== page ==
You can switch between Teleprompter View, Presenter View and Slide View using the Views tab in the bottom right corner.
Messed up your lines? No bother! The new retake feature means you can easily re-record video and narration. Click Retake Video then choose either On Current Slide or On All Slides.
Once you’ve recorded your video in PowerPoint, there are several editing options.
You might find (like in the screenshot above) that the video window produced by your recording covers your slide content. Don’t fret! This is easily rectified because you can reposition and resize the video window.
If you right click a video window you’ll find some basic editing options including:
Style: Choose how to frame your video window.
Trim: Awkward long pauses at the beginning or end of the slide? Use this tool to adjust the timing of your video clip.
Start: Choose when the video recording begins playing in Show mode. Automatically, as part of a click sequence, or when the video window is clicked on.
You’ll also see a drop-down menu where you can Format video (adjust the colour, brightness and contrast), Insert captions (to improve accessibility provided you have a corresponding text-based caption file), and save the individual video clip using Save media as.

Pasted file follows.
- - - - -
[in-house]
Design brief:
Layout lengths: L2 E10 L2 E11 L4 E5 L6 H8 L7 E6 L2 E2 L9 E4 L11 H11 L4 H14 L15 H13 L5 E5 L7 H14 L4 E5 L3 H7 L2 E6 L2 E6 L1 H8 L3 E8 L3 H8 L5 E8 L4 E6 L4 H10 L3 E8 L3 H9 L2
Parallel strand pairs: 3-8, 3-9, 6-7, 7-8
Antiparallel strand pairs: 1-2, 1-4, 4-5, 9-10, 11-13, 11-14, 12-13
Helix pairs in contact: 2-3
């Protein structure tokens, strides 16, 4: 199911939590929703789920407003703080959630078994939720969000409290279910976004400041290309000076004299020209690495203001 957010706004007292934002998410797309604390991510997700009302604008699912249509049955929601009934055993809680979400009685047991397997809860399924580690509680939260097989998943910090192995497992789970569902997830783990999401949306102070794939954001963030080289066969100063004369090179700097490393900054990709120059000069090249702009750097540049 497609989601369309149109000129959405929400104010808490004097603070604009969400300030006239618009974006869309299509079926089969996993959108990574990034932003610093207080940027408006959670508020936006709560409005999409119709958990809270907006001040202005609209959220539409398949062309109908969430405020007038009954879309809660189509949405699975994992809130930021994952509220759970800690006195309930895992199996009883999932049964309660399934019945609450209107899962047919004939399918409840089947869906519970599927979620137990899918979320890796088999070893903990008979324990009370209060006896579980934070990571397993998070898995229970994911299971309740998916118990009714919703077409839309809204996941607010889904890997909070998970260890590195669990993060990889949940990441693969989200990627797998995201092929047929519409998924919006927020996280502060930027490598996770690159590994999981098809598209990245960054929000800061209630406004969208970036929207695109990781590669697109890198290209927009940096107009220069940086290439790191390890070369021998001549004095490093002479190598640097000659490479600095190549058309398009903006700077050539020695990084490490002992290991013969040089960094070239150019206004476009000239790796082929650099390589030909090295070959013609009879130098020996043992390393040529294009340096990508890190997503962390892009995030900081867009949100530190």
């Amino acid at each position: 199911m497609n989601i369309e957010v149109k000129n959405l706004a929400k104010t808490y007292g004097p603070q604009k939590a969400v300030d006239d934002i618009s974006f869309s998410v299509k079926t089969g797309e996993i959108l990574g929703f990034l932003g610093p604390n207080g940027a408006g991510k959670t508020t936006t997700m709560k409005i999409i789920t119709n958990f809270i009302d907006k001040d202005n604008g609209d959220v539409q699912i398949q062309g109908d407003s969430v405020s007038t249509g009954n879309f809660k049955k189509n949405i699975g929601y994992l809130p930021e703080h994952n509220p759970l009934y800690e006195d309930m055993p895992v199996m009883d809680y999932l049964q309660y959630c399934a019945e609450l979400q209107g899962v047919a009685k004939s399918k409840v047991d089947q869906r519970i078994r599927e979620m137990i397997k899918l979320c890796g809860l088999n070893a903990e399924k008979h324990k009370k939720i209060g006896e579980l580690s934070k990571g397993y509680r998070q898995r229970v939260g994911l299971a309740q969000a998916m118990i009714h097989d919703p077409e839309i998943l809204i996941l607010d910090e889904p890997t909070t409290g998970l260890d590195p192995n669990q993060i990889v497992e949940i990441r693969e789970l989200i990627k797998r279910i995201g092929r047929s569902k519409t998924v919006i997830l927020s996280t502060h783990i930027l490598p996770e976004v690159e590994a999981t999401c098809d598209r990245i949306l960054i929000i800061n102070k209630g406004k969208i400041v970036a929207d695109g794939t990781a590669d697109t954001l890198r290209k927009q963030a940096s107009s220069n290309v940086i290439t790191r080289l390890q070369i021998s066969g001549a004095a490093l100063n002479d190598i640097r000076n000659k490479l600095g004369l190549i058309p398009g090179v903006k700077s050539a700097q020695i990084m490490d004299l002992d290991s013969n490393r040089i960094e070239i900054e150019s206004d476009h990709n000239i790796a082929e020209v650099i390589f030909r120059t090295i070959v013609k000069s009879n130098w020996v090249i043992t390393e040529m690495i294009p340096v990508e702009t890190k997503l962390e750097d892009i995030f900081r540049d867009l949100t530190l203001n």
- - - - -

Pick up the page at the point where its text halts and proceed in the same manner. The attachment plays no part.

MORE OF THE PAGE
How to use Cameo in PowerPoint
One of the coolest new features in PowerPoint is Cameo, which lets you introduce a live camera feed directly into the presentation! This allows the presenter to become part of the slide itself when presenting on an online platform, rather than in a distracting box overlaying, and potentially overlapping, with the slide content. Let’s look at how it works.
Head to the Insert tab and click Cameo. This will add a video camera box to your slide. You can then reposition and resize the camera feed. Add a box to every slide you want your video to appear on.
You can also apply different design effects. The camera shape, border and effects can all be changed so that it fits in with your design style.
Apply Morph transitions to the live camera feed, allowing you to move its position smoothly around your content
Enter Present mode and deliver your presentation! Your video will pop up in the video placeholders, perfectly positioned throughout your deck.
PowerPoint Cameo top tips
Make sure the video window is large enough for the audience to see, or the whole exercise becomes a bit pointless.
Position the window carefully around the rest of your content, making sure you’re not squishing anything.
Don’t be afraid to remove the live camera feed on more complex content-heavy slides (i.e. graphs and diagrams). Removing your video will help the audience focus on the slide content. You might find Cameo useful for simply introducing and summarizing your presentation.
When using Morph, try not to move the window too far across the slide or too quickly as this will make your audience feel sea sick.
Finally, Cameo doesn’t need to be used live; you can record your presentation as described above, incorporating your camera feed into the slide.